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Joanna Weiss

Mormons on center stage

The religion travels from Broadway to campaign trail

Andrew Rannells from 'The Book of Mormon' Andrew Rannells from "The Book of Mormon" (Reuters)
By Joanna Weiss
July 5, 2011

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MITT ROMNEY has said he plans to see “The Book of Mormon,’’ the hilarious Broadway musical from the creators of “South Park’’ and “Avenue Q.’’ And there’s a moment in the show when you can practically imagine him onstage.

It comes in the second act, when a group of Ugandan converts puts on a pageant for visiting Mormon leaders: a bawdy, profane, and very incorrect retelling of the story of the Mormon faith. (It involves appearances from certain “Star Wars’’ characters, plus a song-and-dance depiction of how dysentery happens.) As the Mormon leaders watch in shock and disbelief, it’s hard not to notice that they all have very Mitt-like hair.

Which makes one wonder what Romney himself would think of the show. In public, he’s been good-humored. In private, would he fume?

Or would he realize that “The Book of Mormon,’’ blasphemy and all, is precisely the kind of public relations tool that Mormon candidates could use?

Mormonism looms over Romney’s presidential prospects, just as it did in 2008, except that instead of one major Mormon candidate, now there are two. For both Romney and Jon Huntsman, the path to the presidency is the same: appease evangelical Christians to win the GOP nomination, then assuage social liberals in a general election. (In a recent Gallup poll, notes Southern Methodist University political scientist Matthew Wilson, more Democrats than Republicans said they’d never vote for a Mormon.)

So far, Romney and Huntsman have taken very different approaches. In his speech on faith in 2008, Romney defended his devoutness, and argued that Mormons are no different from other Christians. Huntsman has played down his Mormonism, saying several faiths play roles in his life.

It’s a message the voters might or might not buy, since the nation’s fourth-largest religion has been more prominent of late. The church played a major role in supporting Proposition 8, California’s gay marriage ban. It has been having, as many have noted, a pop culture moment.

And when it comes to depictions of Mormon life, “The Book of Mormon’’ is, in some ways, the most accurate. HBO’s “Big Love’’ and TLC’s “Sister Wives’’ focus on polygamy, which the church has disavowed for a century. In “The Book of Mormon,’’ the subject doesn’t come up. Robert Lopez, who co-wrote the show, told me that there once was one polygamy joke. It didn’t get a laugh, so it was cut.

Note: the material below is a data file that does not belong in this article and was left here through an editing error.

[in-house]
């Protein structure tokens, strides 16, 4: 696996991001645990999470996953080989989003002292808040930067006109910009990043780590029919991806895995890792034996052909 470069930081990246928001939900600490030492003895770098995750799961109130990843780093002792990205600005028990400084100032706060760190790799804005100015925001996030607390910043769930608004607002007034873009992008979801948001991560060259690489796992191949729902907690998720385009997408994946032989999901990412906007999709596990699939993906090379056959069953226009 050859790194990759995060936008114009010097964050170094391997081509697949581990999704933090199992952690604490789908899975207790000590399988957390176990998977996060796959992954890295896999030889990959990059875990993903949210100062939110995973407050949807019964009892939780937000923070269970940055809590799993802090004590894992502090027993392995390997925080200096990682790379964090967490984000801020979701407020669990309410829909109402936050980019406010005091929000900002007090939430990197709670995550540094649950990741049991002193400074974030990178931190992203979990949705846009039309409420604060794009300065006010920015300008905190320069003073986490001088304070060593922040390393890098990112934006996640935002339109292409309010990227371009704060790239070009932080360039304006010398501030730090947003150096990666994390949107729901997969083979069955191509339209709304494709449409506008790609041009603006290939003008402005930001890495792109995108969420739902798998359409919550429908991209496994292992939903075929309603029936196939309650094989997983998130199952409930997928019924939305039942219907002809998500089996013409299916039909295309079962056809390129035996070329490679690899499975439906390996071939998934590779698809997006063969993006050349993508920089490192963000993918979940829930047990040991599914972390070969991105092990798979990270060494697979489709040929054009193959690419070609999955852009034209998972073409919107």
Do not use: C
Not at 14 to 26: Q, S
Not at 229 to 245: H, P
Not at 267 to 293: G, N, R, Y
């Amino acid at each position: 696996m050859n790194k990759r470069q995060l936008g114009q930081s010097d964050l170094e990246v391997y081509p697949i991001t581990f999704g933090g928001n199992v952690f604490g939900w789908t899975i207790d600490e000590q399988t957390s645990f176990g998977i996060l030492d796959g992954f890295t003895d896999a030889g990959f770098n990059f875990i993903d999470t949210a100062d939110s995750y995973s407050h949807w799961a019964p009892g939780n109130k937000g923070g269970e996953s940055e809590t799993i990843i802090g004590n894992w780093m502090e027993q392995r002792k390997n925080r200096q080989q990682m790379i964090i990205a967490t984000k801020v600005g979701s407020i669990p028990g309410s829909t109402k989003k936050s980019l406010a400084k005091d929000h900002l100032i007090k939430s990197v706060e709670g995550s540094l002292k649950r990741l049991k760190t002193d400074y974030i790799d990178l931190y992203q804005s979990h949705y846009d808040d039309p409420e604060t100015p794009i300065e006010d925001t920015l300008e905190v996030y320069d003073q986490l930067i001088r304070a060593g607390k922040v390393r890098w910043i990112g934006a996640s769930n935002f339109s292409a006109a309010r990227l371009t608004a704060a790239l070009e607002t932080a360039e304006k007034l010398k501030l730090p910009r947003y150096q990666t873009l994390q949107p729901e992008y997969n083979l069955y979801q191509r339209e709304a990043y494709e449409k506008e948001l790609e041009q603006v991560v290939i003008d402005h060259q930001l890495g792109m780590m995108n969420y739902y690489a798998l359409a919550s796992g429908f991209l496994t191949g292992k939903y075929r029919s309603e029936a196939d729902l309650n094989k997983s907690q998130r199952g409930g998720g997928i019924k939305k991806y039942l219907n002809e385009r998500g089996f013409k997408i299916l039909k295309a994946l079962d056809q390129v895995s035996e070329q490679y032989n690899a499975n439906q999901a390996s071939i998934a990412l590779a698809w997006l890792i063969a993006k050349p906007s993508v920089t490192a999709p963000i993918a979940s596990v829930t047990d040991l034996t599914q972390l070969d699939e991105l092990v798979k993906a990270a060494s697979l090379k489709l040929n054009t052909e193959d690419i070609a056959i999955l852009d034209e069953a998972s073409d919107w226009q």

Yes, the show pokes fun of Mormon customs, goofing on the church’s reputation for repression and its ban on coffee and tea. (In a raucous dream sequence set in hell, Hitler and Jeffrey Dahmer dance with a pair of giant coffee cups.) It paints young Mormons as repressed, in ways they spell out in a tap-dancing number called “Turn It Off.’’

But it also paints young Mormons as wholesome, optimistic, well-meaning, all-American. It focuses on the Mormon mission, a rite of passage that’s a character-building credential in itself, says Nathan Oman, a law professor at the College William and Mary who spent his own Mormon mission in South Korea.

The mission, Oman said, teaches personal responsibility, service, humility, and an expansive view of the world: Huntsman learned to speak fluent Mandarin during his mission in Taiwan. “The Book of Mormon’’ even makes a case for proselytizing - if the alternative is, say, a culture that allows female circumcision.

Ultimately, the show takes a sunny view of the Mormon faith, and faith in general. Its main point is that religion can be a powerful, positive force, provided no one takes the back story too literally. And that Mormonism is really no stranger than any other religion - which is in keeping, in a way, with what Romney argued in 2008.

Lopez said he always trusted that Mormons would take it well. Evangelicals launch cultural wars. Mormons let things pass. “Part of the reason we like them so much,’’ Lopez said, “is that they take the same view that we do, which is that the First Amendment takes care of all of this stuff.’’

Indeed, the church’s official statement about the show was benign, and even slyly evangelical: “The production may attempt to entertain audiences for an evening, but the Book of Mormon as a volume of scripture will change people’s lives forever.’’

And whatever he thinks, Romney has, wisely, stuck to that message. “You know your faith has finally made it big time when people are poking fun of you on Broadway,’’ he told NBC. The best way to prove that you’re like everybody else is to show that you can take a joke.

Joanna Weiss can be reached at weiss@globe.com.